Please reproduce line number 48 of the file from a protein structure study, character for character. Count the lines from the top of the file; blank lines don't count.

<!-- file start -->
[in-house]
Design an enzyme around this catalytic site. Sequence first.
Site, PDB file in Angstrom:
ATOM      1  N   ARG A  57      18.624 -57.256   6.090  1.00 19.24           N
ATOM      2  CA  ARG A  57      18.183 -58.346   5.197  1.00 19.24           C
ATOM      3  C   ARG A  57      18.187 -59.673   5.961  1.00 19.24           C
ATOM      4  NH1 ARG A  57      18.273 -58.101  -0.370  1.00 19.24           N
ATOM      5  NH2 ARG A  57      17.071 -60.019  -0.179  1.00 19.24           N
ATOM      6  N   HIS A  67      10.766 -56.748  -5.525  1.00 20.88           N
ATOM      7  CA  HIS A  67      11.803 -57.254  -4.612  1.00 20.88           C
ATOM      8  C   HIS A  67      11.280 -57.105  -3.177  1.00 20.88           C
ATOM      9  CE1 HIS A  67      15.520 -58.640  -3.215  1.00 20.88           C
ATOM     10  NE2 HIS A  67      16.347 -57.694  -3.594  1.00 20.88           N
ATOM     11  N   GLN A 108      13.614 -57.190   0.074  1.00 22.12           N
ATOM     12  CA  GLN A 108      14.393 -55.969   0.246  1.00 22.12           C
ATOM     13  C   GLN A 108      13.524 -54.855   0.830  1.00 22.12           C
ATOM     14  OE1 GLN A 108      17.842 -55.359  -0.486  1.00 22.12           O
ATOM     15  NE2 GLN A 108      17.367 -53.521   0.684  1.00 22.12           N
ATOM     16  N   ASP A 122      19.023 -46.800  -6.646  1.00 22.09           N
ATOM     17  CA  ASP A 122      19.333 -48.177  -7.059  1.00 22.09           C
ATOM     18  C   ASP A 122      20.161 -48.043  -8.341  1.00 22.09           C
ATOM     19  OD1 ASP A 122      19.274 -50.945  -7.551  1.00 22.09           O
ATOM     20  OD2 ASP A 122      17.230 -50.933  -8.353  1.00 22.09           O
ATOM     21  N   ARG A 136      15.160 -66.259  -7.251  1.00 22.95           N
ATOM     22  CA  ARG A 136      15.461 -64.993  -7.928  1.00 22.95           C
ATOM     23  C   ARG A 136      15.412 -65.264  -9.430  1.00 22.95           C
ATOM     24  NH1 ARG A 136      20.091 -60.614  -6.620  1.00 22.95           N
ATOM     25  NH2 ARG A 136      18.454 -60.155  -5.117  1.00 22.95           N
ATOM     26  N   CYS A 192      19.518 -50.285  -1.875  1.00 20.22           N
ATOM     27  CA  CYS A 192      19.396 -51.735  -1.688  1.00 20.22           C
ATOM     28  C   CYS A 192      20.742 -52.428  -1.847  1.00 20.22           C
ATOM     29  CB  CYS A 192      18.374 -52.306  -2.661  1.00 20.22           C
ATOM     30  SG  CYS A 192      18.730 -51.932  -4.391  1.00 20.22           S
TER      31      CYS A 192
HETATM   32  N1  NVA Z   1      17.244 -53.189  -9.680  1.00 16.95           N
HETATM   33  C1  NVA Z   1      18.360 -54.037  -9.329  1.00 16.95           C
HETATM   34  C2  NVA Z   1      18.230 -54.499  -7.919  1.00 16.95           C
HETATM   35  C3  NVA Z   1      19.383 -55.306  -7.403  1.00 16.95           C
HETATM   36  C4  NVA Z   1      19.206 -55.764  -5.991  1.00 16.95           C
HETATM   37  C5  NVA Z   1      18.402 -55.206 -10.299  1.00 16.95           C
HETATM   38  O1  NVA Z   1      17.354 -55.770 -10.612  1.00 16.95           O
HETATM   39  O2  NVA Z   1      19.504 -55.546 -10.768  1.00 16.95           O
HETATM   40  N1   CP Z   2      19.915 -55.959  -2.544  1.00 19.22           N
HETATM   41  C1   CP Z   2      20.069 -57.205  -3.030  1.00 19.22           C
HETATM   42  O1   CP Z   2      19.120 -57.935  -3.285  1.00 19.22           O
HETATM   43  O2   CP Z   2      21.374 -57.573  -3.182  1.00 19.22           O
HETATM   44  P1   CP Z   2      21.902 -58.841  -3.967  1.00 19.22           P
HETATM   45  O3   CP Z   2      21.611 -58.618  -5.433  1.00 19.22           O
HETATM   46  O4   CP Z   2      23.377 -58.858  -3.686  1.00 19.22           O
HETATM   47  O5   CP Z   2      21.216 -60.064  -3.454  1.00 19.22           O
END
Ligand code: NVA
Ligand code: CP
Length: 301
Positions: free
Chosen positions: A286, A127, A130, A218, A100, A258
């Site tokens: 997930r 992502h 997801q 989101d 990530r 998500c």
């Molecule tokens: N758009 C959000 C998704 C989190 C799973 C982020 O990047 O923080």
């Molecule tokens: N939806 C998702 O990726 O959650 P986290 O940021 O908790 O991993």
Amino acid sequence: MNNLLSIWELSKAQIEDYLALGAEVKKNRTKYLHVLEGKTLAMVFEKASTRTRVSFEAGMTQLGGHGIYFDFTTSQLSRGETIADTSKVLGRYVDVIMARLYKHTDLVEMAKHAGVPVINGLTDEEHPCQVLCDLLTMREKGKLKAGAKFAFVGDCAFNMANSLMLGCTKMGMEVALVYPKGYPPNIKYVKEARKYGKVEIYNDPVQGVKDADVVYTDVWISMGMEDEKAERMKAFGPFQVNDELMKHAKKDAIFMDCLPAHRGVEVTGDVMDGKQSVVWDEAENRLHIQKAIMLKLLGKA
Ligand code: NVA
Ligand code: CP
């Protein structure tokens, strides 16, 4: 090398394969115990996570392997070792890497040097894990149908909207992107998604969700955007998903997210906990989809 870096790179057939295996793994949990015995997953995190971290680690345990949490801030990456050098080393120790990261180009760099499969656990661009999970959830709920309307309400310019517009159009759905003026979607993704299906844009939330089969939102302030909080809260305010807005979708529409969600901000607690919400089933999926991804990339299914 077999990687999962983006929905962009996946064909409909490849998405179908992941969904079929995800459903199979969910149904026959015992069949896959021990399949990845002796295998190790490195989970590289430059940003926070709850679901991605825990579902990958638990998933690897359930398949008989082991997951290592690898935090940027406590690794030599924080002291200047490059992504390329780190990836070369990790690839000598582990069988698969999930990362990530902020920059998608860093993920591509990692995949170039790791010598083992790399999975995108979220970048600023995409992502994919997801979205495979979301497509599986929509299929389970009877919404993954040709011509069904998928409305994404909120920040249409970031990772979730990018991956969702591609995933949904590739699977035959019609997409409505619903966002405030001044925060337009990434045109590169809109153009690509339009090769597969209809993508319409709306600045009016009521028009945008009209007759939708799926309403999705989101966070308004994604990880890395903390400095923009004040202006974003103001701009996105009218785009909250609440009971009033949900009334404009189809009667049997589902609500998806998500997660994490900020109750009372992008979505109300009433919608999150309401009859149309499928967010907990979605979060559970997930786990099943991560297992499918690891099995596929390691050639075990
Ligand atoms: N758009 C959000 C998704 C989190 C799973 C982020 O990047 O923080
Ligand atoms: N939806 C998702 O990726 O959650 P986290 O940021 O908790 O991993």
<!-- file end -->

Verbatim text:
HETATM   45  O3   CP Z   2      21.611 -58.618  -5.433  1.00 19.22           O